• Alien Among Us: Beverly reveals herself to be a Xathian, from the planet Xathos... she doesn't treat it like a very big revelation.
  • And Knowing Is Half the Battle: Incorporated into the roleplay of Season 1 and Season 2 up to Episode 23, with each episode ending with a character stating An Aesop. This is completely abandoned from Season 2 Episode 24 onwards.
  • And Starring: The show's fake titles credit Beverly this way in the first season, Canon Foreigner Ford Prefect in the third season, and DrNoPuma in both seasons.
  • Author Tract:
    • This was made by Tales of Under who tried to create a storyline about the Status Quo, but just made an incomprehensible mess. He was not happy. Later Handwaved by the fact that it was just an RPG that everyone was playing.
    • ZeroL's "Days in the Future" arc, although to a lesser degree, as it was only a subplot.
    • Taco Badger has looked back poorly on the episode “Xathos or Bust”, in which he portrays Bev’s creator.
  • Bilingual Bonus: The title of Season 3 episode El Viaje Misterioso de Nuestro Tropers is Spanish for "The Mysterious Journey of Our Tropers".
  • Black Comedy Cannibalism: In one episode, the Tropers go to a mansion, feast on the Buffet Table, and eat Filet Mignon. The only problem is that it is heavily implied that the buffet table is made from the mansion's cooks, and the Filet Mignon was made of Steve Urkel.
  • Blue-Collar Warlock: Joe from It's Raining Right Here. He's a powerful wizard... and also a sleepy old guy running a diner out in the middle of nowhere, and he acts the part.
  • The Bus Came Back:
    • After a very long absence, Puma returned to the series. His return was "justified" by him somehow winding up on the same airplane that the rest of the cast was currently on, sleeping in the back before waking up to greet everyone.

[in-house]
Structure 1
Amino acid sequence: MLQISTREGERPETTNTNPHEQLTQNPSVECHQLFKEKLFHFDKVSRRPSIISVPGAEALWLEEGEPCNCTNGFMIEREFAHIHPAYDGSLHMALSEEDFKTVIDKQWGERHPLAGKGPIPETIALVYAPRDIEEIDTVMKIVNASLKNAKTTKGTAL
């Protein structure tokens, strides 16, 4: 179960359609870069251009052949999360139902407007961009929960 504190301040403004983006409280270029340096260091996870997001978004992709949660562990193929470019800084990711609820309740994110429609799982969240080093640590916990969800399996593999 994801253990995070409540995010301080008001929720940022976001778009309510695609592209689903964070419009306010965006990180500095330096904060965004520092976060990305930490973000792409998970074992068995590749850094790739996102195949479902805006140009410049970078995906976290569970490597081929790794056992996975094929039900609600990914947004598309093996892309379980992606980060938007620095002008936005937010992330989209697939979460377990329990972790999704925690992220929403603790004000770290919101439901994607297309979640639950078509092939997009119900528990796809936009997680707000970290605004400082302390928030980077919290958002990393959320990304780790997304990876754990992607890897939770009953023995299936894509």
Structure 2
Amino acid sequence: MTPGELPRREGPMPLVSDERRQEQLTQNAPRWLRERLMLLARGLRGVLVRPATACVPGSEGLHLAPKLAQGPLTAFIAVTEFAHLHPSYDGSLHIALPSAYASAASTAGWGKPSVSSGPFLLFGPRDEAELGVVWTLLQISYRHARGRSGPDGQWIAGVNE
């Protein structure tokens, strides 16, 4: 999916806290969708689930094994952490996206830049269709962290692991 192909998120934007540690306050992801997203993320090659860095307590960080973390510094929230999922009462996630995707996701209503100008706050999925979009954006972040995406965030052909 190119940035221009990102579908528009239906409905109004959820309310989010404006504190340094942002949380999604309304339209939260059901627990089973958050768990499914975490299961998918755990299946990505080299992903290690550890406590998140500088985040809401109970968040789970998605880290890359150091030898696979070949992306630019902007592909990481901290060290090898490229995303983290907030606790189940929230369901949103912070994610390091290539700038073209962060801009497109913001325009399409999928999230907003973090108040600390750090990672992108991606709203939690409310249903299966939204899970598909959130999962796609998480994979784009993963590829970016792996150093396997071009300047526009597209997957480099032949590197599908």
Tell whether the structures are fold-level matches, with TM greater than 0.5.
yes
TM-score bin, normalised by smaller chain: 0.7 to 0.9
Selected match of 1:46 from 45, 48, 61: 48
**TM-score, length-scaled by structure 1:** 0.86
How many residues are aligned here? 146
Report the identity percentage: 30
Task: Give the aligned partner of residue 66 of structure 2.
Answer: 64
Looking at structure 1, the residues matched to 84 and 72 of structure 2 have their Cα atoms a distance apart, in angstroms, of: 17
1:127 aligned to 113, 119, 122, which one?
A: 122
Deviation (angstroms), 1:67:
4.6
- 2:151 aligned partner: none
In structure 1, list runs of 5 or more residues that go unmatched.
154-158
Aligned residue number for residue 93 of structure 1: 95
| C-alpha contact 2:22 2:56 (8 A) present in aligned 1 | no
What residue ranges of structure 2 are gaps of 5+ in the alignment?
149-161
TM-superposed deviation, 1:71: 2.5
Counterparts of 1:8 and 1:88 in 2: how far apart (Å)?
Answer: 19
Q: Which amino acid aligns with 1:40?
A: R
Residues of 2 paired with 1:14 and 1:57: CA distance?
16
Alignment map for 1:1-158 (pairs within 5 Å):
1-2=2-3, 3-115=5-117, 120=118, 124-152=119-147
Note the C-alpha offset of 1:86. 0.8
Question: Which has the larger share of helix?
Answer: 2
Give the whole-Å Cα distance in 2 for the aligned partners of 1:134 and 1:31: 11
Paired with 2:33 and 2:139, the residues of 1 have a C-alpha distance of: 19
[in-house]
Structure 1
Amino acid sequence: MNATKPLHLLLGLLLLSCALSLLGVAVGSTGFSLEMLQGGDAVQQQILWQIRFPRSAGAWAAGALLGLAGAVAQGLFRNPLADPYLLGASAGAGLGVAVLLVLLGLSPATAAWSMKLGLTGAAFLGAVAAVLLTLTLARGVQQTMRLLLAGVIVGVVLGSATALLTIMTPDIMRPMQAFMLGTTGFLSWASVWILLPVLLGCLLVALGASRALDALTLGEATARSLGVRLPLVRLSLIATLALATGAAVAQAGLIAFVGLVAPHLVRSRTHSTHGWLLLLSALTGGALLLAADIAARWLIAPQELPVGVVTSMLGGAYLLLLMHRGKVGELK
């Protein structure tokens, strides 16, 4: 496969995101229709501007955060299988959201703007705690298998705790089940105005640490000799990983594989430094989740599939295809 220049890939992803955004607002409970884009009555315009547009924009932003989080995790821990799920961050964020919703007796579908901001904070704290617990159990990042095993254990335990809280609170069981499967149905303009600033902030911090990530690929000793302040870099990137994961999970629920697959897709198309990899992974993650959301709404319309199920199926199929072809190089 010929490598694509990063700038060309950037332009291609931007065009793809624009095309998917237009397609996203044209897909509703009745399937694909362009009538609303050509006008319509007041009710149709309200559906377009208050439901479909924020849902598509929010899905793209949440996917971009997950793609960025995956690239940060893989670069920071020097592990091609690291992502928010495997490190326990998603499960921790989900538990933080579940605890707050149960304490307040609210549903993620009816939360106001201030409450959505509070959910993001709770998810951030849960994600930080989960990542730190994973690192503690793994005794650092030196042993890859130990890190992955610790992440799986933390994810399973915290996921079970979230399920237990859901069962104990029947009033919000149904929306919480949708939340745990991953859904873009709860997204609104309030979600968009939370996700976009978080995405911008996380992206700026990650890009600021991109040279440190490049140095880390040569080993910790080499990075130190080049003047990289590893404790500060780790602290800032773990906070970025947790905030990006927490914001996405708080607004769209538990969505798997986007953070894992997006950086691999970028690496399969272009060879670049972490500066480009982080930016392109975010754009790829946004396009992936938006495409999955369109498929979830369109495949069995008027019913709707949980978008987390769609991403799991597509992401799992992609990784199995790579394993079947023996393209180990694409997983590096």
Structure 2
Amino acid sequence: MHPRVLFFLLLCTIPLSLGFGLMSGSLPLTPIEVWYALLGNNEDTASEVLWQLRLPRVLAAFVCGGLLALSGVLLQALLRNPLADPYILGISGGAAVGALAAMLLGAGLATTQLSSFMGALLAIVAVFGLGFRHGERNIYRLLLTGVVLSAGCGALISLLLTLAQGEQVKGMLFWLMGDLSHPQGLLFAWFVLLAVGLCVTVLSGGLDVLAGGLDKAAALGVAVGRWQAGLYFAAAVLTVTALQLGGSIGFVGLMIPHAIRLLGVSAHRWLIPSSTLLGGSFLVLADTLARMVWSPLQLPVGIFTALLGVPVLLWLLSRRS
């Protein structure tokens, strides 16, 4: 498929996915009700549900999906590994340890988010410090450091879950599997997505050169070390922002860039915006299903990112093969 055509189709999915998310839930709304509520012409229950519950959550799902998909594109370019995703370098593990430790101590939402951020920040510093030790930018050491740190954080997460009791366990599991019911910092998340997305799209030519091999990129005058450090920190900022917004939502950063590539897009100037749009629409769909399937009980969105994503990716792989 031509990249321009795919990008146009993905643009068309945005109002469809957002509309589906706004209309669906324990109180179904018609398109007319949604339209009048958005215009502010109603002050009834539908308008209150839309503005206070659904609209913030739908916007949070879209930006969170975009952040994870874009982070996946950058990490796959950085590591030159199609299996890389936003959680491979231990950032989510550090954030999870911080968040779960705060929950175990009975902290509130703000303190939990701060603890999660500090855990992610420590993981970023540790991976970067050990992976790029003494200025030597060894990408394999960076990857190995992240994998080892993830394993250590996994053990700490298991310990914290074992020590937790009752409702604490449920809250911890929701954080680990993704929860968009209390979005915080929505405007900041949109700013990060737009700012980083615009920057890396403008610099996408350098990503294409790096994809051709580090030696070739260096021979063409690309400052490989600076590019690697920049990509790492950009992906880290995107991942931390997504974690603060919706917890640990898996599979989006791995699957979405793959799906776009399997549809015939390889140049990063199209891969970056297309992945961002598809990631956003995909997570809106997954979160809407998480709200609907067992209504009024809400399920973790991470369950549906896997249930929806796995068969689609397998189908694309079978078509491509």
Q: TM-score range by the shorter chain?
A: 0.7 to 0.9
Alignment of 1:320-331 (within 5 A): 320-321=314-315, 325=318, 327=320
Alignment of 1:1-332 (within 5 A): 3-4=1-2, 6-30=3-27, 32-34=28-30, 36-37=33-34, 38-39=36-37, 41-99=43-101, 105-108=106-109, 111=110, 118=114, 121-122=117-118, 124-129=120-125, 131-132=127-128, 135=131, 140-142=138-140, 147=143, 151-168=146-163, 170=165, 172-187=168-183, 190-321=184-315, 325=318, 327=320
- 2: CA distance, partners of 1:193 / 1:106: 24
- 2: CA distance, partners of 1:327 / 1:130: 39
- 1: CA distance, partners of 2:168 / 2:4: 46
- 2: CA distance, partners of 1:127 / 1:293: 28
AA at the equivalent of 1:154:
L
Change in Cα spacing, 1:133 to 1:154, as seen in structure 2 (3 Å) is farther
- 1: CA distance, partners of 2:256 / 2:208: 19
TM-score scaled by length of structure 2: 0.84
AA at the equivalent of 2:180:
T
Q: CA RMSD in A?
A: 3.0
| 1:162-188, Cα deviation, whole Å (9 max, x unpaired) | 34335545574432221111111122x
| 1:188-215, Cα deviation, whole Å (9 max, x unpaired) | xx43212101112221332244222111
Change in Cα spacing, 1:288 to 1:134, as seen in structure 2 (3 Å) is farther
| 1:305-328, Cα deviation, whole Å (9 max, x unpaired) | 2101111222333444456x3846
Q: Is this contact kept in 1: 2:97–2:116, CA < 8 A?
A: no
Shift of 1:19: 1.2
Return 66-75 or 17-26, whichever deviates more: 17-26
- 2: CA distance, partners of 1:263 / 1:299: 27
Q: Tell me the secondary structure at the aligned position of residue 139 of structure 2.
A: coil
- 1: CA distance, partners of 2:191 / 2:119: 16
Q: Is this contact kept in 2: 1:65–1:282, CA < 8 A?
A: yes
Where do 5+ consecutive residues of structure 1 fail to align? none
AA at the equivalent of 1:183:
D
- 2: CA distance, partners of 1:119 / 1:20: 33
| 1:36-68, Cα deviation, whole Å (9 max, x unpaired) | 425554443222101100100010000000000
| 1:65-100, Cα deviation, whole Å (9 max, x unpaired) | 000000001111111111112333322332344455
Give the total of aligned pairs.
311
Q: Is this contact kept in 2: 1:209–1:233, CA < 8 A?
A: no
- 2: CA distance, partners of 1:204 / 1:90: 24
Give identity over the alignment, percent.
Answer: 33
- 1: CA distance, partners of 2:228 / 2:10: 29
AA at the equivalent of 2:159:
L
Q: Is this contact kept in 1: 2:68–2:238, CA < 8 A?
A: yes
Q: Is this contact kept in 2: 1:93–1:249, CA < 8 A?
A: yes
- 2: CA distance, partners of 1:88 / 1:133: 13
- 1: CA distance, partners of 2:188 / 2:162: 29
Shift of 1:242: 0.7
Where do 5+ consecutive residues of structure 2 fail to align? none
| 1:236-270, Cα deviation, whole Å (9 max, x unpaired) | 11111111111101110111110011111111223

• Call-Back: "Tropesburg Gets Even Stranger" has one of Libre's dreams describing the statement contents of someone realising that a young woman they're seeing has become an avatar of the Vast (which also covers meteorological phenomena), referencing "The Perfect Storm", where After mistook Katrina for being the same-named hurricane's Anthropomorphic Personification that has come for revenge.
  • Canon Foreigner: From Steve Urkel to Ford Prefect, lots of NPCs are this.
  • Captain Ersatz: In-Universe, Queen Bee plays a D&D character called Jokester, who is an obvious subsitute for Jester from Critical Role, even if she insists otherwise.
  • Cerebus Retcon: After a long absence, Puma explains that he spent time working for Henderson's circus, but his career at the circus was cut short when the performers got into a pie and seltzer war, which is played for laughs. It's later revealed that the war was started by Pomposo, a truly malicious character with a grudge against Henderson.
  • Charlie and the Chocolate Parody: Season 7 Episode 16, "Martin Mint-Chocolate-Chip and the Ice Cream Factory". Instead of just the main charcters, The entire town of Tropesburg gets tickets to tour the factory.